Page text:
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Background

Imagine that you go to a university which has ~55,000 students, including maybe ~1,500 Jewish students.

Imagine, also, that you're male. Therefore, you're required to spend some time studying Torah.

Outside your university's free store, there's a free library. It's much more informal than the school's official library. There are several bookcases. Anyone can donate books or take free books. The books are almost all about secular subjects, such as business, anthropology, environmental science, and others.

When the free library gets too full, you might want to volunteer to weed it. You discard old and/or damaged books. Weeding can make room for newer and better books. (Source.)

All libraries must be weeded, or else they might end up packed full of outdated and unwanted books.

My question

You might volunteer to weed the free library once a year. You might spend a few hours, or more, on the weeding project.

Perhaps this weeding project is a mitzvah of chesed, which helps your fellow students to access recent, undamaged free books. Or perhaps it's a waste of time, which could have been better spent on Torah study. Which view is correct?

If possible, please provide answers from a Modern Orthodox perspective.

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  • I'm guessing that a Modern Orthodox perspective is more likely to be favourable of dedicating time and intellectual effort to weeding books (I suddenly feel like I'm Elmer Fudd...) than, say, a Charedi perspective would.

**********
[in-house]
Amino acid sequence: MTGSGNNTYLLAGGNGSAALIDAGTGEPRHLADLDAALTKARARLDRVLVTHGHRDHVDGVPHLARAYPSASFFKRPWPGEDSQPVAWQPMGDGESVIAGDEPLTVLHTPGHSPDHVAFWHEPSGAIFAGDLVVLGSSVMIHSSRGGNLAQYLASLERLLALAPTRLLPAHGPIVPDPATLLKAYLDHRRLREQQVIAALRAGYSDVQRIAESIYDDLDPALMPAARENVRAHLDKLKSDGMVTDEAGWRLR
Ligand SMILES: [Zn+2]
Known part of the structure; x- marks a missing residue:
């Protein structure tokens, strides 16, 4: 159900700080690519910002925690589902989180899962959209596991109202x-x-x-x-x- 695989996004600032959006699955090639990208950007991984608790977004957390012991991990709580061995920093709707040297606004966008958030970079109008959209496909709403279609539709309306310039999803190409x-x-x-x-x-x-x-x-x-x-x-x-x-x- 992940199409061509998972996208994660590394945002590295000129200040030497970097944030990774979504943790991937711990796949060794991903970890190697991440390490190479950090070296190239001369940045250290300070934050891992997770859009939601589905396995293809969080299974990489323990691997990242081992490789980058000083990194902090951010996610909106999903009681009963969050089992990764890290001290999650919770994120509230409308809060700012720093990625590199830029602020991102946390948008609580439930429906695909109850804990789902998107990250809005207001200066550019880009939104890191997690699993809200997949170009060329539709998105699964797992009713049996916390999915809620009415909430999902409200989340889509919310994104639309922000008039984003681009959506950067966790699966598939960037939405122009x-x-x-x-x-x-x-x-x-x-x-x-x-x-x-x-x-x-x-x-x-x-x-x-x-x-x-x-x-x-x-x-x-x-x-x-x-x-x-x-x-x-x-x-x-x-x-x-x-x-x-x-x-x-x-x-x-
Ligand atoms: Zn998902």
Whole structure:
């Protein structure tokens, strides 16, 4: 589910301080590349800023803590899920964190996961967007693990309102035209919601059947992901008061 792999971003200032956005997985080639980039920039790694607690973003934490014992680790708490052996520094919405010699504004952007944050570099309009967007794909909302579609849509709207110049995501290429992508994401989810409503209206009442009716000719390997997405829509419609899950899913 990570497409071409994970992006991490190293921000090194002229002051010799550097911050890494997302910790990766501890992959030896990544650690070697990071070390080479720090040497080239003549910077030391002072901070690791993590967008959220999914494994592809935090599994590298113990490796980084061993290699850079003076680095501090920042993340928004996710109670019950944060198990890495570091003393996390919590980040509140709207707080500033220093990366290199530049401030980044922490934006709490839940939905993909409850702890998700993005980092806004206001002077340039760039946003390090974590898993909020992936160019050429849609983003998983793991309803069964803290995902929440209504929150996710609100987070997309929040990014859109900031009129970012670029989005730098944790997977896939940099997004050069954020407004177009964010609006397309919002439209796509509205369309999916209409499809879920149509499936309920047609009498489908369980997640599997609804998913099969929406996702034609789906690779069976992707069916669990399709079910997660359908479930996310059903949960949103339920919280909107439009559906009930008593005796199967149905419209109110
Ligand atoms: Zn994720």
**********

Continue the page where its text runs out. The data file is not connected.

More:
– Tamir Evan
    Feb 9 at 13:16
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    Seems pretty unlikely this particular case has been addressed explicitly by anyone.
    – Double AA
    Feb 9 at 16:31
  • @DoubleAA: True. Still, maybe I or someone else will ask a rabbi, and will post their answer below. Alternatively, maybe some vaguely similar, related, or analogous case has been addressed previously. Feb 11 at 9:11

1 Answer 1

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Weeding the library would be an excellent opportunity to remove anti Zionist, anti semitic, queer, and other objectionable material.

But if you're not going for that angle, Weeding it exceptionally properly, however, could produce a small kiddush hashem.

It's not a chesed because the students could just go to the regular, better organized, library. In fact, it takes work away from the paid librarians. If the books are outdated, you could be misleading people by giving the obsolete, and potentially incorrect books, more people exposure.

I"d say it's a waste of time with no spiritual benefit, and if you don't find it enjoyable, it's worse than a spiritually barren activity that you do enjoy.

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  • "But ... however ..." Could you please reread your answer once or twice, and edit it for internal consistency? And maybe also for grammar and clarity. Feb 11 at 9:10
  • No. It's a waste of time with no spiritual benefit. Feb 11 at 13:21

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